smells like moist earth and salt. The cave walls are dark and shiny. My hands
instinctively reach to touch them; their surface is cool and smooth like glass. I taste my
fingertips; they taste salty. The salt is translucent; its crystals glow when placed in a ray
of light. The temperature in the cave is comfortably cool; much warmer than the air
above ground. The tour guide tells me that the temperature underground stays the same
year round.

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I lag behind the tour group, taking my time to enjoy the stillness and magic in the
cave. The only person behind me is the Polish miner. The miner’s job is to insure that
no one wanders off or gets lost in the labyrinth of the mine. He seems to enjoy showing
me the unique features of the cave with his flashlight. We exchange wordless gestures,
as neither one of us speaks a word of the other’s language.
Ancient people (the Slavs and other tribes) had settled in the area of Wieliczka
and have been harvesting salt since the Neolithic times. 4 The first shaft of Wieliczka, a
mine continuously owned by Polish nobility, was dug in the late 1300’s. The abundance
of “grey gold” in the Wieliczka mine became well-known, attracting miners from all over
Poland. Mining was very dangerous work, which “made the miners more religious than
other social groups.”5 The miners constructed underground shrines and chapels where
they could pray for protection and to honor those who were killed in the mine.
In 1697, after an underground chapel burned down, the royal commission
prohibited any flammable religious statues or pictures in the mine. In his book on
Wieliczka, Polish author Janusz Podlecki writes: “Paradoxically, this prohibition resulted
in developing the unique tradition of rock-salt sculpture which has been kept up in the
mine for three centuries.”6 Hundreds of feet underground, these self-taught miners
carved elaborate statues, shrines, and even an underground cathedral.
We see many of these sculptures on our tour. These sculptures remind me of my
father. I feel a resonance between my father and these miners who carved elaborately in
the rock salt. As a hobby, my father has built a beautiful garden and fish pond in his back
yard out of rocks and boulders he has gathered from all over California. His artistic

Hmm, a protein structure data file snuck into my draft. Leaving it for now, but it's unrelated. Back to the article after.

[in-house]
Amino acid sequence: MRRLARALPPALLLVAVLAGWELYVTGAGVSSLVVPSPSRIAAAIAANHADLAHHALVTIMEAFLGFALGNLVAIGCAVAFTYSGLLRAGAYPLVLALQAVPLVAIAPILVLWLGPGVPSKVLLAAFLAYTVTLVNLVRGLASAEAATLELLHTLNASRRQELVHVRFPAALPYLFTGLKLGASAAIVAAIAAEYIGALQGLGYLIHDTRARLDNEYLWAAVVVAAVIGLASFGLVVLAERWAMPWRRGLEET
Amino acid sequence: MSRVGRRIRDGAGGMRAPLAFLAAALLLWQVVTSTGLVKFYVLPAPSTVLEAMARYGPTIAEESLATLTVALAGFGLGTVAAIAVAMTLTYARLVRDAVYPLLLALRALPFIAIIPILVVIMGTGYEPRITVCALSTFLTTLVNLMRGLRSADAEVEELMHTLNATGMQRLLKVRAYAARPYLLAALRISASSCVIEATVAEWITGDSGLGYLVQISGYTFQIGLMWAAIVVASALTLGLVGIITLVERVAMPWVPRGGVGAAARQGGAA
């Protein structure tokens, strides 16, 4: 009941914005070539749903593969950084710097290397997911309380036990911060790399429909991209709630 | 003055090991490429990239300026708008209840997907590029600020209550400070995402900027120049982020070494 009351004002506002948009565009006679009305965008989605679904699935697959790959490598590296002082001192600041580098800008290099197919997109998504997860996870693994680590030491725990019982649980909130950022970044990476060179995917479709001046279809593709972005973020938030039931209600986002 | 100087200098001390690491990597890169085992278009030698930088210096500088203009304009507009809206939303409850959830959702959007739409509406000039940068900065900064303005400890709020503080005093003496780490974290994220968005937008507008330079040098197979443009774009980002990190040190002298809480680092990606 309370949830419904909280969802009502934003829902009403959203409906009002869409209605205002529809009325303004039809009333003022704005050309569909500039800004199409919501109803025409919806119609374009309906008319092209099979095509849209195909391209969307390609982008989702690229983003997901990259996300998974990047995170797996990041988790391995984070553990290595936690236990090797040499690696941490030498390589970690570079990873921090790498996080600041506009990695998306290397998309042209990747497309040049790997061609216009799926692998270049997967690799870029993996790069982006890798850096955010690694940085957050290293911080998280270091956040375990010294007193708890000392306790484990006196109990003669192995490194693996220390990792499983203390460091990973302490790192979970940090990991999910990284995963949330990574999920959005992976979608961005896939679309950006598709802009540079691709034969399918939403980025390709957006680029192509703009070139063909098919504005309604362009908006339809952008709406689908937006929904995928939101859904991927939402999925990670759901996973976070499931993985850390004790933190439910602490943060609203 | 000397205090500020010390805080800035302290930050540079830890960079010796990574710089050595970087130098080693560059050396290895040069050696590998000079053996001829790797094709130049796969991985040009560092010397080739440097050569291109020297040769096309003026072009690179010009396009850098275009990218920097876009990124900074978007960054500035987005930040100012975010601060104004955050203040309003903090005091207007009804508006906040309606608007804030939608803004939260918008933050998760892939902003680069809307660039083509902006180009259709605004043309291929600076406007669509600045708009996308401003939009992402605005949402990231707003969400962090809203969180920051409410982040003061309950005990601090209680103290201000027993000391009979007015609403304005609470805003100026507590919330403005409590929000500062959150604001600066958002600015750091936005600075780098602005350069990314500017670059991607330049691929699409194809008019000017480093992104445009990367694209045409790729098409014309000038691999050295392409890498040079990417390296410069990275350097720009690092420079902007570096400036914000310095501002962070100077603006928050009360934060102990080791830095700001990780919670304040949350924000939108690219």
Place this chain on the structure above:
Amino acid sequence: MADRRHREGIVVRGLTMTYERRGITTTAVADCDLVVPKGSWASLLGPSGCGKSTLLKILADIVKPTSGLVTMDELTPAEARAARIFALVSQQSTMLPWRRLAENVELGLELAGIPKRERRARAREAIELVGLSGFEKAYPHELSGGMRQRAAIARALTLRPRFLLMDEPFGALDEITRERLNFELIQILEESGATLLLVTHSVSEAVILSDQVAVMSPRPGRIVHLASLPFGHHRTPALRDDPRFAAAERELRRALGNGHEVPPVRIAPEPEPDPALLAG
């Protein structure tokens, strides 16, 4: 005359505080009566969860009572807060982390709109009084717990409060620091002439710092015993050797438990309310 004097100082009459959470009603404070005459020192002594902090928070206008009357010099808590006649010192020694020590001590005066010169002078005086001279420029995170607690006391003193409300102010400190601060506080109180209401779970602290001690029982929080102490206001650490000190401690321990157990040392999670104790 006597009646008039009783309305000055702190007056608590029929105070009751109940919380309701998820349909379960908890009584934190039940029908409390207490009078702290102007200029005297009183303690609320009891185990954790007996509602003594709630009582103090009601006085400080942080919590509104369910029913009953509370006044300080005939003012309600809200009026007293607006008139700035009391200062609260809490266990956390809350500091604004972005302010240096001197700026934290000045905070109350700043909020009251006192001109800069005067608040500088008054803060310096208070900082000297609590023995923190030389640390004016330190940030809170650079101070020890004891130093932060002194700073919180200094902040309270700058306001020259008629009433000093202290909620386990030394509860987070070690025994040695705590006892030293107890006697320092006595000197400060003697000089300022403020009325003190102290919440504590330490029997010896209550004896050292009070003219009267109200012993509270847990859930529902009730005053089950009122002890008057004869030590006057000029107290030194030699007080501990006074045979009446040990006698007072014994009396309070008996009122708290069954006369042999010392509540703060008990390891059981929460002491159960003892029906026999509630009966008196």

4

Janus Podlecki, Wieliczka, A Royal Salt Mine (Cracow: Publishing House Karpaty, 2001), 1.
Ibid.,4.
6
Ibid.
5

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medium is rock. I believe that my father shares the mystical talent of these Polish miners,
who were able to see the spirit images hidden in the rock salt, and who would carefully
work to bring these images to life. I am excited to have made this connection between
my father and our more ancient ancestors down here in the mine.
As I walk slowly behind my group, I know I am in a sacred place of the
underworld. This reminds me of a time on the Big Island of Hawaii, when Hawaiian
elder, Mr. Hale Makua, brought the Indigenous Mind students to the lava tube. He guided
us to take our time walking through the lava tube and to open all of our senses. As we
walked through the lava tube slowly and mindfully, fully engaged with all five senses,
dozens of other tourists quickly passed us by. I was struck by the parallel realities in
which we co-existed: as students we were engaged with the ancient spirit of the lava, the
darkness and the moistness of the cave; and on the other hand, the tourists were engaged
with the clock; they seemed to be in a rush to their next destination. How much of the
cave did they really see? Today in the salt mine I apply this teaching. I try to be
mindful, watchful, and fully engaged with the spirits deep in the womb of the earth.
There are many legends about the salt mine. Our tour guide speaks of the
“Treasure Keeper,” the guardian of the mine, also called “The Warden.” The Warden
would warn the miners of impending danger and help rescue lost miners.7 The miners
would offer him treasures in exchange for his help and protection. To insult the Treasure
Keeper could be dangerous: “To evil persons or those who insulted them, they have been
known to send tunnels crashing down upon them or push them into dark chasms.” 8 On
our tour we also see sculptures of gnomes, legendary beings who helped the miners in
7

Ibid.
Ainsley Friedberg, “Slavic Pagan Beliefs”, Slavic Paganism, 6.
http://www..members.aol.com/hpsofsnert/gods
8

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their work. Our tour guide tells us that the Poles, like many other cultures, have a legend
like Snow White and the Seven Dwarfs.
At the end of our tour, we reach the underground souvenir shops. We have about
twenty minutes to walk about freely and shop. After I buying some salt souvenirs, I take
advantage of the free time to make an offering to the spirits that dwell in this cave. I find
a private corner where I will not be noticed by the other tourists. I pray and thank the
spirits in the mine, and put down my offering of bread and salt (which feels humorous, to
offer sea salt to a salt mine).
After I finish praying, I look around for my tour group. Suddenly, out of a dark
corridor in the cave emerges the Polish miner. He is walking towards me and holding